Two papers in this issue present the fundamental in vitro research elements needed to base any clinical integrative oncology activity. Zhang et al. from China report. the anticancer effects of the photochemical Zerumbone, isolated from the plant Zingiber zerumbet Smith. Although additional rigorous studies are warranted, the promising apoptosis induction effect of this plant on pancreatic carcinoma cell lines may suggest that ginger and related plants may have anticancer properties in addition to their beneficial effect in chemotherapy-related nausea and vomiting. In the paper by Y. H. Liu et al. from neighboring Taiwan, they studied Abrin, a protein purified from the seeds of Abrus precatorius, and reported that prohibitin, a tumor-suppressing protein, plays a role in abrin-induced apoptosis. These findings join the growing number of promising studies in integrative oncology that may support development of new and, in some cases, traditional medicine-based, therapeutic agents and modalities for the benefit of patients with cancer across the globe.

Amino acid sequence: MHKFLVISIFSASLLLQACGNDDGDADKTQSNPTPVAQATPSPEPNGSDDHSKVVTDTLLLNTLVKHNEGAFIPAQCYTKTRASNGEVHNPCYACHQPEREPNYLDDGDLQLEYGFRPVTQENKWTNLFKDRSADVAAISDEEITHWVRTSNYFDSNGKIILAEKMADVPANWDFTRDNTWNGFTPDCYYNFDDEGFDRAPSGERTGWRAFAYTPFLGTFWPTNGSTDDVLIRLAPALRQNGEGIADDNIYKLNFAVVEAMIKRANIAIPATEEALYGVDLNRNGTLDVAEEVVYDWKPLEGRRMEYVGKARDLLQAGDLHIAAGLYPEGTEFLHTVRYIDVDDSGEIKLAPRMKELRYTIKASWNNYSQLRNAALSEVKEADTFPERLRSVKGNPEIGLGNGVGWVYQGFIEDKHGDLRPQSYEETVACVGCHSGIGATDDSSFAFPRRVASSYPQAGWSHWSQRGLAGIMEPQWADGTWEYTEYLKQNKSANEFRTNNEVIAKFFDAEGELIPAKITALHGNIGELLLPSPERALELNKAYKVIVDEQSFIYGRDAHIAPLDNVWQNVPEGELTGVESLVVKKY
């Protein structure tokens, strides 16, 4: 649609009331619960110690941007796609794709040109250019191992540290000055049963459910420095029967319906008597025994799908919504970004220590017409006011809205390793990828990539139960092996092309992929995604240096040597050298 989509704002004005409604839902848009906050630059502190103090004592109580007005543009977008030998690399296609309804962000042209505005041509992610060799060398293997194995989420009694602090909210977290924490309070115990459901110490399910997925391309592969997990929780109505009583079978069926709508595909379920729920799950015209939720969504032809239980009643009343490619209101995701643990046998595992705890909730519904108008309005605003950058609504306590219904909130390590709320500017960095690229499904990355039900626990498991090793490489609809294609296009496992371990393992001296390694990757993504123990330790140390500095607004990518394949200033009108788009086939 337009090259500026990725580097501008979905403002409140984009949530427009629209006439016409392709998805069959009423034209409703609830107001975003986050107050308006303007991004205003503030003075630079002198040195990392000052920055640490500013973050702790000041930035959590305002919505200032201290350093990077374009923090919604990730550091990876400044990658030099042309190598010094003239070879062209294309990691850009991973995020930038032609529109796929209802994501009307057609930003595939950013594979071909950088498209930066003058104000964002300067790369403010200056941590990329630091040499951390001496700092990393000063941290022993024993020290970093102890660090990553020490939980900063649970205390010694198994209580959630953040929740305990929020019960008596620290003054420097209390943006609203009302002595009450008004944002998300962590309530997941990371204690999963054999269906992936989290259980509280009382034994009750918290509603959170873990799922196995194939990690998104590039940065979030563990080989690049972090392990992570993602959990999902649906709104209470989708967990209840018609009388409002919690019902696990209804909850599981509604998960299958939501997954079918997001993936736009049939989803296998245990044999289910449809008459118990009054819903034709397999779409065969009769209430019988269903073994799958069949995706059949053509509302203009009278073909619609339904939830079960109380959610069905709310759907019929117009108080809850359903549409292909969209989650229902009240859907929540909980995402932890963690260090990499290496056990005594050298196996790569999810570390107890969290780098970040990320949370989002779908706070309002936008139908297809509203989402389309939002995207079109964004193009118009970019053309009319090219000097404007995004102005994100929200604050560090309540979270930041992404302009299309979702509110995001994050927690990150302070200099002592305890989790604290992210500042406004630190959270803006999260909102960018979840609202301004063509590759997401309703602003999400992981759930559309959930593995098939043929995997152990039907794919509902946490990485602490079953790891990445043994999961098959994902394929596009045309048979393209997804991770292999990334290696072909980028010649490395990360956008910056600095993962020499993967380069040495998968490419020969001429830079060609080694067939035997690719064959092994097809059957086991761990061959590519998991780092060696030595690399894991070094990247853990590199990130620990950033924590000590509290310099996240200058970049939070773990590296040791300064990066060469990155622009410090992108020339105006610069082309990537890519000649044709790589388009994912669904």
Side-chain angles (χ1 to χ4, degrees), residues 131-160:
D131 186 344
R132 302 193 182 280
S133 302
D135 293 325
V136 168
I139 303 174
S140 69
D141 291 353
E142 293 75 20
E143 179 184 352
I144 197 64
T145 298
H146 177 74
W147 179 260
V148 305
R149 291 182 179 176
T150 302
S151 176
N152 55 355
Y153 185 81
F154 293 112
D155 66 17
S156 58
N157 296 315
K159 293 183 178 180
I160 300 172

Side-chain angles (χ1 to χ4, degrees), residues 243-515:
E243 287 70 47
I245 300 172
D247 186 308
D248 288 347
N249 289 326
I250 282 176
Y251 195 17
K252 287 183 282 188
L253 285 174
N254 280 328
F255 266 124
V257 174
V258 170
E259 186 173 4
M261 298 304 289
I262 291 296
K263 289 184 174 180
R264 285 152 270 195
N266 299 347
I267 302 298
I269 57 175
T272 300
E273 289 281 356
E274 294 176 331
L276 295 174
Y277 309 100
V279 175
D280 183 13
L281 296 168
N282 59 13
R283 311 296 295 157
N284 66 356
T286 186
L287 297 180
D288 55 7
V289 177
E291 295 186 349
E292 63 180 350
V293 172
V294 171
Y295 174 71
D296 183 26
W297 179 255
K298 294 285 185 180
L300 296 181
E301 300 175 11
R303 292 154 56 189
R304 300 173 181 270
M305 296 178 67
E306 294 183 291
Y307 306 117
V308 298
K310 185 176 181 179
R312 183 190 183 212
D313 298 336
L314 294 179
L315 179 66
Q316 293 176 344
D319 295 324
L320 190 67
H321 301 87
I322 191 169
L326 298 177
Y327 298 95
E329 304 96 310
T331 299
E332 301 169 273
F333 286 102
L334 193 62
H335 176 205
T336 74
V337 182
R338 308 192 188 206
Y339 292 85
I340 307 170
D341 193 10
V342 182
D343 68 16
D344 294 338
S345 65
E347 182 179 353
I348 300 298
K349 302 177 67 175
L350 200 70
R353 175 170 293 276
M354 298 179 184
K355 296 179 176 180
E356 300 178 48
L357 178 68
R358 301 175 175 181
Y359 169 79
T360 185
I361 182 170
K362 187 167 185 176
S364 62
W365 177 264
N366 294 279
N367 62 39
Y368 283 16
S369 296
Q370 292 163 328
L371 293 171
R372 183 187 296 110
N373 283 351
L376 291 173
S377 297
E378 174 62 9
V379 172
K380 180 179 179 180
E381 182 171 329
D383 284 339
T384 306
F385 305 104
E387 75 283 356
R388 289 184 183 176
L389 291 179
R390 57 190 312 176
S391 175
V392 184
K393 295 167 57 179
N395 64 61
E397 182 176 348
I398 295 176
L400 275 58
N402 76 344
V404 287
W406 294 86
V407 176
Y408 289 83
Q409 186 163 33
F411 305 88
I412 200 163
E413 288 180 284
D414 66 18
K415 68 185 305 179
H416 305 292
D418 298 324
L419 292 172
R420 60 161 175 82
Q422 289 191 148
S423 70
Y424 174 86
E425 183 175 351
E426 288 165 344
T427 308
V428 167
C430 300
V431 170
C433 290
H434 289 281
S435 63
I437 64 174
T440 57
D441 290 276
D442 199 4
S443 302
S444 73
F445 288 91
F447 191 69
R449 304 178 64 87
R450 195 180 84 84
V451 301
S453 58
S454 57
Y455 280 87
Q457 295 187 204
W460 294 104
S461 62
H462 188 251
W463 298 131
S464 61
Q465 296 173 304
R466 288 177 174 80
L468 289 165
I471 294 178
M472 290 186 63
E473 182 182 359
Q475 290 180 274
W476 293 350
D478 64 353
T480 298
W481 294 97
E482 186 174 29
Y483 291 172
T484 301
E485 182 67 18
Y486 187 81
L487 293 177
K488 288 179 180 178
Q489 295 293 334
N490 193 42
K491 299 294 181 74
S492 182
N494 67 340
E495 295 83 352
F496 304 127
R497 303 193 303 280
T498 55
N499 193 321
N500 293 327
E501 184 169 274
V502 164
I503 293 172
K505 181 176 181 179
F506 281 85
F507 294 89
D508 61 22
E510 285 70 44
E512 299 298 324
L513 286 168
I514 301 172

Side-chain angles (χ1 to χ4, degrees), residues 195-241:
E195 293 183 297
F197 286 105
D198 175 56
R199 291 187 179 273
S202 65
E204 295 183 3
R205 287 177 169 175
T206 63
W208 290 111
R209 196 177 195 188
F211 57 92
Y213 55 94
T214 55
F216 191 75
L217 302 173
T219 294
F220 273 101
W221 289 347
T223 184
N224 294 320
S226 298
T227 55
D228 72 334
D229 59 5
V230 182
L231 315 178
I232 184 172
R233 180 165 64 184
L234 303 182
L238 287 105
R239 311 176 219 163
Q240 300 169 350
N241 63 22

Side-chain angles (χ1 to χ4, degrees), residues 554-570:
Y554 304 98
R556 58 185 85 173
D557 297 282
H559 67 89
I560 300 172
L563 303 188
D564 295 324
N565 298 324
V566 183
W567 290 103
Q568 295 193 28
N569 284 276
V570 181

We would like to deeply thank and acknowledge the extensive editorial work that was invested by the coeditors and reviewers of this special issue. This unique group of five coeditors active in integrative oncology research and practice in three continents has inspired us to recognize and realize that, despite cultural and political challenges, we share a sense of grace, for the benefit and well-being of patients confronting cancer.

Eran Ben-Arye
Barrie Cassileth
Peter Heusser
Fatma Afifi
Bashar Saad
Senthamil R. Selvan